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(CNN) - Both the US Army as the Los Angeles Police Department (LAPD) will be on alert, and a chain of theaters has banned all costumes during the screening of the movie Joker ( Joker).
The film will hit theaters next week, and many remember what happened in 2012 in Colorado during a midnight screening of The Dark Knight Rises in which there was mass shooting.
The Los Angeles Police Department announced that agents will have "high visibility" in theaters during Joker projections.
Meanwhile, the US Army He confirmed that he had sent a memo obtained by CNN to the commanders in Fort Sill, Oklahoma, about a possible violent threat discovered in a dark web discussion about the possible attack on a theater during the movie's premiere.
The office of the Fort Sill Criminal Investigation Command "did it as a precaution to help keep our soldiers and their families safe," said Chris Gray, spokesman for the US Department of Criminal Investigation.
"At this time, we are not aware of any information that indicates a specific and credible threat to a particular place or place," he said.
LAPD asks residents to remain vigilant
The dark theme of the film that had a budget of US $ 55 million, whose plot is the emergence of Batman's nemesis, has invoked memories of a mass shooting in which 12 people died and 70 were injured in a midnight projection of The Dark Knight Rises in Aurora, Colorado, in 2012.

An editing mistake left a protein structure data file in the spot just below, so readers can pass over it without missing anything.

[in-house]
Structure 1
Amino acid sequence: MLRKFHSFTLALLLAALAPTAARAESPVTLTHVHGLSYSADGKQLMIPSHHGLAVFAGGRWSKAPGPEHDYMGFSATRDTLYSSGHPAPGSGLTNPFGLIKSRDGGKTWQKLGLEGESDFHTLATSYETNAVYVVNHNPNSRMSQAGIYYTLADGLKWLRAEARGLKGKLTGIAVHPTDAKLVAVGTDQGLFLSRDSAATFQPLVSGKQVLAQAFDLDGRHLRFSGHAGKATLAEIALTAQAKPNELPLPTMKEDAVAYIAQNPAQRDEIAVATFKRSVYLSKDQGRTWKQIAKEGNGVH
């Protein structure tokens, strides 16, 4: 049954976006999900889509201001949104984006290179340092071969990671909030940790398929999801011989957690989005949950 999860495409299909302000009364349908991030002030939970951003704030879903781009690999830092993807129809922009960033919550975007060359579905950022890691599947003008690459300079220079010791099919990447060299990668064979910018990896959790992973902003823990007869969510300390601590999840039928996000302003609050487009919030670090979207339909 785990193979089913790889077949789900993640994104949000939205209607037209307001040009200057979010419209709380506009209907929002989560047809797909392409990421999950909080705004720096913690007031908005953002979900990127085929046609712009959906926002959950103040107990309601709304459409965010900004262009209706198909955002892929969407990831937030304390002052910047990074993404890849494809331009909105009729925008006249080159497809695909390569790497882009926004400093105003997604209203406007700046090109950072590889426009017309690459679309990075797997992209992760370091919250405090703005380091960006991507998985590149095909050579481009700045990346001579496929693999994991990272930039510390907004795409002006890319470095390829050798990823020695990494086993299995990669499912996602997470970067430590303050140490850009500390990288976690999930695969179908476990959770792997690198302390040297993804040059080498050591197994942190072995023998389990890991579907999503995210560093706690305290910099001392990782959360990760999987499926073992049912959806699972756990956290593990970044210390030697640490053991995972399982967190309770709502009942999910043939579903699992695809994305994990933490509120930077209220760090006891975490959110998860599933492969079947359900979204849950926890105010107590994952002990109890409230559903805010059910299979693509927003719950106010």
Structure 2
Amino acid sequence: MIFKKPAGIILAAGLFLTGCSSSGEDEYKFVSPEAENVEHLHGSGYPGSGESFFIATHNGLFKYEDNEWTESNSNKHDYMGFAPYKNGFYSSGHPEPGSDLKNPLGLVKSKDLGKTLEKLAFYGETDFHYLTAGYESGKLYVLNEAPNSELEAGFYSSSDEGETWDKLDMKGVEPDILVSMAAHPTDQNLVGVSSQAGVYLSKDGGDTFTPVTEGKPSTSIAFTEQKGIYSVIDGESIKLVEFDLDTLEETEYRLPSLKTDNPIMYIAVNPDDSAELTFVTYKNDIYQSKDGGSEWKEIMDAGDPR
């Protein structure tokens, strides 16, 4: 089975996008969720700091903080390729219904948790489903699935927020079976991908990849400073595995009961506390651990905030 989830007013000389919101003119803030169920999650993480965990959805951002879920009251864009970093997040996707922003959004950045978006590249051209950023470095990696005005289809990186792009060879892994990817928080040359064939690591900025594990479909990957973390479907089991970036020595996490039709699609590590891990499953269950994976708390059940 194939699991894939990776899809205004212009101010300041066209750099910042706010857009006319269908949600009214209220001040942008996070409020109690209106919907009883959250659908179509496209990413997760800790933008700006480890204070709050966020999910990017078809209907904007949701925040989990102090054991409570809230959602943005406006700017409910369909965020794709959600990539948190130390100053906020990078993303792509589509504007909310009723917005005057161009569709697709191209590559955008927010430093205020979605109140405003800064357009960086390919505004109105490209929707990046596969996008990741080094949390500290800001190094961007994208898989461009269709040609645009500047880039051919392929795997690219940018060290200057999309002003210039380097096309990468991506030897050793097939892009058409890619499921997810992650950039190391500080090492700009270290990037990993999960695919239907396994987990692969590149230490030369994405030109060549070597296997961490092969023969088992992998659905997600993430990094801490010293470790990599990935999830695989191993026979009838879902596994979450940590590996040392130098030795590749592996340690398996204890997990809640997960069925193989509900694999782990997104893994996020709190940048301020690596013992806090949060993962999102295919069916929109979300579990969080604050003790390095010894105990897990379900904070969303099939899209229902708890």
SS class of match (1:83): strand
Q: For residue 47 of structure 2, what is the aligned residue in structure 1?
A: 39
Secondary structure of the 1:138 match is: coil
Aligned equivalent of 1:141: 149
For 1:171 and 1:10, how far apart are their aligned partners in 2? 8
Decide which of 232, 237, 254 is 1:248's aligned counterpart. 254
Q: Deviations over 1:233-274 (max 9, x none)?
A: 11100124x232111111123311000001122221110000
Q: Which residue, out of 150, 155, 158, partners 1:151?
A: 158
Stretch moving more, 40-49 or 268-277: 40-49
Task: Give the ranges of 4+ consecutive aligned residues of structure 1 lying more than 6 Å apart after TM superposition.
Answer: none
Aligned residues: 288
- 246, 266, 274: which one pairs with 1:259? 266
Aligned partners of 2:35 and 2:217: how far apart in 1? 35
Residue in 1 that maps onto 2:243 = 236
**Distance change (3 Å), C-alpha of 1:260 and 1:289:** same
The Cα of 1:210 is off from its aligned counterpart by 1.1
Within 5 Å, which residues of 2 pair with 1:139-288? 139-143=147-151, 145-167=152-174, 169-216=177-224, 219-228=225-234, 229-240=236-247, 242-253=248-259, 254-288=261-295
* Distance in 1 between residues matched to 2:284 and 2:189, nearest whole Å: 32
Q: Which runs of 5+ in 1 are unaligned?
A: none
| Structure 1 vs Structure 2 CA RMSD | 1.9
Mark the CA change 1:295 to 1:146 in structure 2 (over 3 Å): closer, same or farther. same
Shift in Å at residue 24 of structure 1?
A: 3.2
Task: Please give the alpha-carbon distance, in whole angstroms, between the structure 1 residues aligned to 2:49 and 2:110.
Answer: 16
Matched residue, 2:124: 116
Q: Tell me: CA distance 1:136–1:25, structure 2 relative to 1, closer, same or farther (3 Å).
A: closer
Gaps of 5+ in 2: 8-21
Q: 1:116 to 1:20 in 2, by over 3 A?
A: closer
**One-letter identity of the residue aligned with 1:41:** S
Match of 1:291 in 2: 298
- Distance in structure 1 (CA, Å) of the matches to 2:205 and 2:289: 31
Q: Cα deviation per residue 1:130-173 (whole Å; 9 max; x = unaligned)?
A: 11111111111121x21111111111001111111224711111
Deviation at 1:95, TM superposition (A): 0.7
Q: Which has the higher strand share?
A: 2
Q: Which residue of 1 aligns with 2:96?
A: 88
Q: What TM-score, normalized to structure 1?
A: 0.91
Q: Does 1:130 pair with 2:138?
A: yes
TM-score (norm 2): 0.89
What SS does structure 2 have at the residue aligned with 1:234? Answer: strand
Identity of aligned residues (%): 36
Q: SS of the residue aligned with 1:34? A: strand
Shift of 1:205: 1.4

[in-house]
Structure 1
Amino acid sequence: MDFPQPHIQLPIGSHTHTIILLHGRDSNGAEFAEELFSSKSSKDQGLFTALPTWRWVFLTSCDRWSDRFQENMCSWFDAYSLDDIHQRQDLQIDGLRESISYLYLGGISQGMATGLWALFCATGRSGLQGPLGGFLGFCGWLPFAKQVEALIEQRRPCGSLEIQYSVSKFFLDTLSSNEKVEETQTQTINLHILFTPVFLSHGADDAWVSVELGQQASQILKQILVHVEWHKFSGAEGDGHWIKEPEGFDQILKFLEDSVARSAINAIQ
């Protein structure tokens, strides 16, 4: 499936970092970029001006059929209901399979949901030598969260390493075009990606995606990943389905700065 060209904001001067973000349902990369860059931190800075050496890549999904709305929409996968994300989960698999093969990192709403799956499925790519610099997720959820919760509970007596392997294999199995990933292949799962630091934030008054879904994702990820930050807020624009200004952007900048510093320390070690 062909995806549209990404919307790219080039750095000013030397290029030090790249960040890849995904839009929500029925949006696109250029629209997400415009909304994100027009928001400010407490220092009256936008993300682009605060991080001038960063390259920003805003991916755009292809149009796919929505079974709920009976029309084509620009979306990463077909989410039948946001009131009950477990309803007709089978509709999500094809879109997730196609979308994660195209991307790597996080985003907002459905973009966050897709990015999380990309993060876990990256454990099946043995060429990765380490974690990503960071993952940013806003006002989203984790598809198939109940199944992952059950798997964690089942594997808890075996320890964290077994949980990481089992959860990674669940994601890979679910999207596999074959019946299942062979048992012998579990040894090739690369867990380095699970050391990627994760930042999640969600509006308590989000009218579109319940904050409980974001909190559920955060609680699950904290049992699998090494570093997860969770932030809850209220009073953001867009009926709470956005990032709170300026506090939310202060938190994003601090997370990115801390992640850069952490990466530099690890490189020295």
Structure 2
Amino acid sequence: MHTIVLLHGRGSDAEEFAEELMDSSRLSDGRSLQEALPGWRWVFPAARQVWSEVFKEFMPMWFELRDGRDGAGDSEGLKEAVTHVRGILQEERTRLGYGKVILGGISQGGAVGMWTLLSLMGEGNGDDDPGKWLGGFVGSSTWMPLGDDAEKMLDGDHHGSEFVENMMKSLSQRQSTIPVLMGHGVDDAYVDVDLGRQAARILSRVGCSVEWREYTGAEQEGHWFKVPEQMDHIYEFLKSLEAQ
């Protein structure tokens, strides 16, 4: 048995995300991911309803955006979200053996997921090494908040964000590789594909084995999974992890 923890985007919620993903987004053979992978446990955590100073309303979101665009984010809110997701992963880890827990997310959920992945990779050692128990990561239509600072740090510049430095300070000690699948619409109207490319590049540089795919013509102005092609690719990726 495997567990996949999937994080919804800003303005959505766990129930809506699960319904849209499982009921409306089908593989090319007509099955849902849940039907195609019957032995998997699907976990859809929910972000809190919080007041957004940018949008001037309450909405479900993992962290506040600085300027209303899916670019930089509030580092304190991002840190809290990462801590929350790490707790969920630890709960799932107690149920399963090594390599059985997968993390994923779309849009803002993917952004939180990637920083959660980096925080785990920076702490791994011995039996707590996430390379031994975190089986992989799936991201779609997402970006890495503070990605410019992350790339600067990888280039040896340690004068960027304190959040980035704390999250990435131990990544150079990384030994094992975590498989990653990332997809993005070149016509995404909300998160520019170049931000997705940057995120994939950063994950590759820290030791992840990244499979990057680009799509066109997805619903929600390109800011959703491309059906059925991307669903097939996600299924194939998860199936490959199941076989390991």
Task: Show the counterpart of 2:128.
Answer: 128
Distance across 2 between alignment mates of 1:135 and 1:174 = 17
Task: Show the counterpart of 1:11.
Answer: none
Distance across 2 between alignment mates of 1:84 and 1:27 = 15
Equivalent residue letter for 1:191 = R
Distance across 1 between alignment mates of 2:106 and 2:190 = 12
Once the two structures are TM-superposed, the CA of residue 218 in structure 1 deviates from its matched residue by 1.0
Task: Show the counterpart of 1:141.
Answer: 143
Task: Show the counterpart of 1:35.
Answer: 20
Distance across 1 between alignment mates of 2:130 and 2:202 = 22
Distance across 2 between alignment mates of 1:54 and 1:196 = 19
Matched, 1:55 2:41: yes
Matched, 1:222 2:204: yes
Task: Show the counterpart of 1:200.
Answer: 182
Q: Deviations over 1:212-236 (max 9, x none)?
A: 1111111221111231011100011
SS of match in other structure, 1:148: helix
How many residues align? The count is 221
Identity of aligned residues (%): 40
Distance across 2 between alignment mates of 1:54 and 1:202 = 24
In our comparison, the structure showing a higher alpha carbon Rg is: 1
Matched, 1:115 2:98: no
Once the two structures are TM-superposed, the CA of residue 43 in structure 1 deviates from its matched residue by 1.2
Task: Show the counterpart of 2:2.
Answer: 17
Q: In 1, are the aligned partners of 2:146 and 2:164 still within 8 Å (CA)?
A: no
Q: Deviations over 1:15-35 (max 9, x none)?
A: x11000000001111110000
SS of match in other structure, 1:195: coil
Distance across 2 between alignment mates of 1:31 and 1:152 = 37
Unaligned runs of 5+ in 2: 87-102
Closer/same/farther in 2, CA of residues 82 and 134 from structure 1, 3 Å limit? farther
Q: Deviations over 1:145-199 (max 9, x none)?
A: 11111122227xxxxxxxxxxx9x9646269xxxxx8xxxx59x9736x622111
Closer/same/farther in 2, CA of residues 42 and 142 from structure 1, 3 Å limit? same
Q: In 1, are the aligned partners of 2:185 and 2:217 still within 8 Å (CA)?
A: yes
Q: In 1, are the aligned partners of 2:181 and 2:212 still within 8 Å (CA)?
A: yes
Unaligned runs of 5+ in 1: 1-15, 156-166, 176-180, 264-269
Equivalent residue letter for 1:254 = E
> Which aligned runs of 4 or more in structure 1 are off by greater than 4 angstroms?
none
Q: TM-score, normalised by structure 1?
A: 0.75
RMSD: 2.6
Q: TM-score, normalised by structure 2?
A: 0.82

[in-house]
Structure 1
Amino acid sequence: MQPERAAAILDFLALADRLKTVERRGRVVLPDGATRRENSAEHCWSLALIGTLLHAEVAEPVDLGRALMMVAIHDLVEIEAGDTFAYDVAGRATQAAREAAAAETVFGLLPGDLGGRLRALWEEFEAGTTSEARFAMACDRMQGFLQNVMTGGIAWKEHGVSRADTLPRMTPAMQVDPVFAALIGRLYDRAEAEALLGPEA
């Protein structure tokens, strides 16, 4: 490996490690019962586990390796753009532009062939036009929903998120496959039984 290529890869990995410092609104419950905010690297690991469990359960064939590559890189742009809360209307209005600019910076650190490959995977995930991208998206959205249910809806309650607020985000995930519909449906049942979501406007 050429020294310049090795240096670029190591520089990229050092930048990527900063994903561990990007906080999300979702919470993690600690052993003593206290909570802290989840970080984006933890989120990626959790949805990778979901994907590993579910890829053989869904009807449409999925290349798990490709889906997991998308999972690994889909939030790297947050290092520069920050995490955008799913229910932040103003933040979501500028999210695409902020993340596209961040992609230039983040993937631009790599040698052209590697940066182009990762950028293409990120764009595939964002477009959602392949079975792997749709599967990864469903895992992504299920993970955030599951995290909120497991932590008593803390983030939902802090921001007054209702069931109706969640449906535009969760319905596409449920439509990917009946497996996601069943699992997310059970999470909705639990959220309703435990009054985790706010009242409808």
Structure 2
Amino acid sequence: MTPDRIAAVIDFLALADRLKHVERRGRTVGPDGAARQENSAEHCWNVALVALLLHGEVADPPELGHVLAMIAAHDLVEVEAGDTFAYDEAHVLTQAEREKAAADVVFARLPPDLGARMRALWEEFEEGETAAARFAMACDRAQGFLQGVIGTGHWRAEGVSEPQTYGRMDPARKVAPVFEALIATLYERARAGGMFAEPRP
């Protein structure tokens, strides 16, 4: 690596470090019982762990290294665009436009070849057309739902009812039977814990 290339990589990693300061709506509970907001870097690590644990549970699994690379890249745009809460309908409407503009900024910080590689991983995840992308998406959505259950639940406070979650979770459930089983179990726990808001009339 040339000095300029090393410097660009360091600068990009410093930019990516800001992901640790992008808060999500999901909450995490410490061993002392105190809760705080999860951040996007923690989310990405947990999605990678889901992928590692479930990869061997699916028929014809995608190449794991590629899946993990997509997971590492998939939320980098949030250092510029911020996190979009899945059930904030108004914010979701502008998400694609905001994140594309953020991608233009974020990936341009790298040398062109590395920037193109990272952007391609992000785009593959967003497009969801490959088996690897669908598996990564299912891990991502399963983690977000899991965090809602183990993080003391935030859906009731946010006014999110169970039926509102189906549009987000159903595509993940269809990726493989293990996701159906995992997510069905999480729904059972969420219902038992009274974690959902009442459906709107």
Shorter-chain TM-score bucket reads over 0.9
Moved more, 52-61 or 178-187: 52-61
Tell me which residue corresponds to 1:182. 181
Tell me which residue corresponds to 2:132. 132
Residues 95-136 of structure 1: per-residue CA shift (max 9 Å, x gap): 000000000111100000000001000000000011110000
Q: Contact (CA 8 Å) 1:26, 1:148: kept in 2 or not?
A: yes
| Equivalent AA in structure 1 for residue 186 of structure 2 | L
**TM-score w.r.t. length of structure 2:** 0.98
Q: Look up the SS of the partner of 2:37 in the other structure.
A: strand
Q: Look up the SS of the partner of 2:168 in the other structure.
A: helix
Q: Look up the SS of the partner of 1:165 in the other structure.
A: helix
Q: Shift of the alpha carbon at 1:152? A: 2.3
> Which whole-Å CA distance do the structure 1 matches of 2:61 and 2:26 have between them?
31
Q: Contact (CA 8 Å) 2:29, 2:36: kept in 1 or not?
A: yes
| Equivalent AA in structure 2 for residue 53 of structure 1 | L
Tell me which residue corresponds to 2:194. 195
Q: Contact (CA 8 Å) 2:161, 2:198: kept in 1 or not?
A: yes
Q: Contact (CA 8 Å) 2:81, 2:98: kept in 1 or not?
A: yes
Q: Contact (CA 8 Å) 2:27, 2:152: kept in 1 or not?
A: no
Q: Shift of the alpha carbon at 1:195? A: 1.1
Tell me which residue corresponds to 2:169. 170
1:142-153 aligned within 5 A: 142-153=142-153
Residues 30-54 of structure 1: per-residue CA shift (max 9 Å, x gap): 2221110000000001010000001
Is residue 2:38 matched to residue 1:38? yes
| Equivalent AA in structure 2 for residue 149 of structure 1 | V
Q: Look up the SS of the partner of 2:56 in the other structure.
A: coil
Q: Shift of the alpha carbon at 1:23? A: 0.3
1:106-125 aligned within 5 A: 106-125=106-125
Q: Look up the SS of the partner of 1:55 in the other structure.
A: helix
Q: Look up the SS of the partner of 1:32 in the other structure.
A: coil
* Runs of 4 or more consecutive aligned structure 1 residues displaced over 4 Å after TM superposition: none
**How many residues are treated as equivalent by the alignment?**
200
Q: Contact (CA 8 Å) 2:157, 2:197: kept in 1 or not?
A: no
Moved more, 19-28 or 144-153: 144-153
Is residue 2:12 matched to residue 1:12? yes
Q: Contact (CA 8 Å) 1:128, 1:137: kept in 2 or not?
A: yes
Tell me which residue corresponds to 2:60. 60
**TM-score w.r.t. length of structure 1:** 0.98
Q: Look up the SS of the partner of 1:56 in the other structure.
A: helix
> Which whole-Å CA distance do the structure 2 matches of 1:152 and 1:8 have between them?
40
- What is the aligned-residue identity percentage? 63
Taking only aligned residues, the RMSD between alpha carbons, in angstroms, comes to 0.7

Los Angeles police said in a statement to CNN that they are aware of the public concerns surrounding the premiere of the Joker .
"While there are no credible threats in the Los Angeles area, the Department will maintain high visibility in theaters when it opens," said the Los Angeles Police Department. “We encourage everyone to go out and enjoy all the weekend leisure activities that the city has to offer. However, the Angels must remain vigilant and always be attentive to their surroundings. As always, if you see something, say something. ”
1 of 11 | THE MORTEST SHOOTS IN THE US HISTORY | October 1, 2017 - Las Vegas shooting - A 64-year-old man opened fire at a country concert in the area known as The Strip leaving at least 50 dead and 200 wounded (Ethan Miller / Getty Images)
2 of 11 | June 12, 2016 - 49 people died at the Pulse bar in Orlando when Omar Saddiqui Mateen, 29, opened fire at the disco. More than 50 were injured. (Credit: WKMG / CNN).
3 of 11 | April 16, 2007 - Virginia Tech Massacre: 32 people died after the attack of a 23-year-old student who committed suicide after opening fire on the university campus.
4 of 11 | December 14, 2012 - Massacre at Sandy Hook School: Adam Lanza, 20, shoots and kills dozens of children, killing at least 20 between six and seven years old, six adults and then killed himself.
5 of 11 | November 5, 2017 - At least 26 dead were killed in a shooting in a church Baptist church in Sutherland Springs, Texas.
6 of 11 | October 16, 1991 - Massacre at the Luby's cafeteria in Killeen, Texas: A 35-year-old man crashed his truck through the door of the Luby cafeteria in Killeen, Texas. 23 people died and the attacker committed suicide.
7 of 11 | August 3, 2019 - In El Paso, Texas, 22 people were killed in a mass shooting at a Walmart store. Authorities say they found an anti-immigrant document that defends white nationalist and racist views, which they believe was written by suspect Patrick Crusius, 21. It is investigated as internal terrorism.